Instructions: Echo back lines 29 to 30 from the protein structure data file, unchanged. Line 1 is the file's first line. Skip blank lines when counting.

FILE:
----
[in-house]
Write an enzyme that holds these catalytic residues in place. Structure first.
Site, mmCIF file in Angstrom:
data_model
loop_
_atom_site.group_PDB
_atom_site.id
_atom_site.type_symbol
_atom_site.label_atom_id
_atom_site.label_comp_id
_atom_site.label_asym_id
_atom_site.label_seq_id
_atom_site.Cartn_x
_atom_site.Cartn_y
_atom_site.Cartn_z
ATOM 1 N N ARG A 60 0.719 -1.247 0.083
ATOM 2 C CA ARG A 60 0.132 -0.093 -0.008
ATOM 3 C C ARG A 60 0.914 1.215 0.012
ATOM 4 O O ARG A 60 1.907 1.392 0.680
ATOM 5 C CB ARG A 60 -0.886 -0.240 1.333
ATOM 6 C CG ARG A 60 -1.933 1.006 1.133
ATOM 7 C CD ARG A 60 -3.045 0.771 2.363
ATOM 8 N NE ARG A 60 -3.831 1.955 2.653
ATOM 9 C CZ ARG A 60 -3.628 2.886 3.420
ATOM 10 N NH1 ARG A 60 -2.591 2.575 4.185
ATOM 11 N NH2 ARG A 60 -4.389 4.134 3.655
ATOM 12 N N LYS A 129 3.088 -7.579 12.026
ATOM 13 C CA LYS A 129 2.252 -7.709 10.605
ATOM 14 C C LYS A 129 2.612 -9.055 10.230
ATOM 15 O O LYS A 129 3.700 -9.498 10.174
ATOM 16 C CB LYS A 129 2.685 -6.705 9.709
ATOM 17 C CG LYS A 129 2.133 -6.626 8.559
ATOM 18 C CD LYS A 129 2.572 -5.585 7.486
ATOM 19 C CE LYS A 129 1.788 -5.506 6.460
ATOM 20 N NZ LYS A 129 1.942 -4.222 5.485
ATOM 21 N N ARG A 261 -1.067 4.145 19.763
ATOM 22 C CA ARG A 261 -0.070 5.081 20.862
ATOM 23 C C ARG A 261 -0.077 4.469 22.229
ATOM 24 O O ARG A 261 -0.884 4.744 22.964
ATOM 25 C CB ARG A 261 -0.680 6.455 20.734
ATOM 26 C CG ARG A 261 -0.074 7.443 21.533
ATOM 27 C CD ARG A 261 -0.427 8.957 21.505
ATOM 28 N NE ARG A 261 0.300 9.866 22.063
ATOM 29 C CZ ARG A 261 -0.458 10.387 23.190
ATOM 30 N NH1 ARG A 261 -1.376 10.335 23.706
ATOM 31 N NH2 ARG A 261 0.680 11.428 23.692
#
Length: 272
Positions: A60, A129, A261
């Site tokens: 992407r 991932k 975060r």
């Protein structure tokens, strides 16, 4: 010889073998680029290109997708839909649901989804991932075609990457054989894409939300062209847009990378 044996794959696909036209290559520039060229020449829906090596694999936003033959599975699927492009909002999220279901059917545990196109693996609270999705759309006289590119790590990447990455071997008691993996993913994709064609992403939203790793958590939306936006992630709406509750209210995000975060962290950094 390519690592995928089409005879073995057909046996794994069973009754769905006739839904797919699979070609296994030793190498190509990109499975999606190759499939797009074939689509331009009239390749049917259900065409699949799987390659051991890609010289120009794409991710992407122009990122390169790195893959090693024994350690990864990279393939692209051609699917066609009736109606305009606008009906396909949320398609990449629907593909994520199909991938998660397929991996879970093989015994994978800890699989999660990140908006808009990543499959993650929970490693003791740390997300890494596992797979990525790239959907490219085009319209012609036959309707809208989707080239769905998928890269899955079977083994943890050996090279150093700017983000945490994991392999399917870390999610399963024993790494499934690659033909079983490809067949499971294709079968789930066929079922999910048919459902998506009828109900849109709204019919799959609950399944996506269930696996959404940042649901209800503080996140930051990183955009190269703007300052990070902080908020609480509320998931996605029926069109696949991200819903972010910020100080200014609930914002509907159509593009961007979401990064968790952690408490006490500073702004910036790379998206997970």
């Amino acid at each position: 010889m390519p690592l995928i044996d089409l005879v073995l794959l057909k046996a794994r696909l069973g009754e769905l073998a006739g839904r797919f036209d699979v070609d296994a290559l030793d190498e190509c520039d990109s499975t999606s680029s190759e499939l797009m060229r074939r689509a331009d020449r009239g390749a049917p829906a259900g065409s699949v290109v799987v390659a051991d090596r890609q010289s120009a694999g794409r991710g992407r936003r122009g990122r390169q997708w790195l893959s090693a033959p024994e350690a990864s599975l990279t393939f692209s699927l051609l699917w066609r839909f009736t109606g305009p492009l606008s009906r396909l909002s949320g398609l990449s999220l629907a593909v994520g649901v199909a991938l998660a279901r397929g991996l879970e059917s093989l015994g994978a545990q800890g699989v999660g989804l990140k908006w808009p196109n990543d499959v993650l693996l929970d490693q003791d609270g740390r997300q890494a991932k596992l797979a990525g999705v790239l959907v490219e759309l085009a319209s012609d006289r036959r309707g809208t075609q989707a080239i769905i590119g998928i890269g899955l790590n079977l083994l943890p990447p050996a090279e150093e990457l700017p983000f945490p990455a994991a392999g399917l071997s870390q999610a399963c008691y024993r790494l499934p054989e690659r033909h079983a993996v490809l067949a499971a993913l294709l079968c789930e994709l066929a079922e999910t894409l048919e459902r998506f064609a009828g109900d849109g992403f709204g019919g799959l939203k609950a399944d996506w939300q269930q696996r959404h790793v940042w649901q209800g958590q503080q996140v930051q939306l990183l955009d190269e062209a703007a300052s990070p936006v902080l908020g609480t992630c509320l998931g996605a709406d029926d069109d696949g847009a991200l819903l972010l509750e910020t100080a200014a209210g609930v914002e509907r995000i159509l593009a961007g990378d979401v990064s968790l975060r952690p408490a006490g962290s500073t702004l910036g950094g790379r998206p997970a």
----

ATOM 14 C C LYS A 129 2.612 -9.055 10.230
ATOM 15 O O LYS A 129 3.700 -9.498 10.174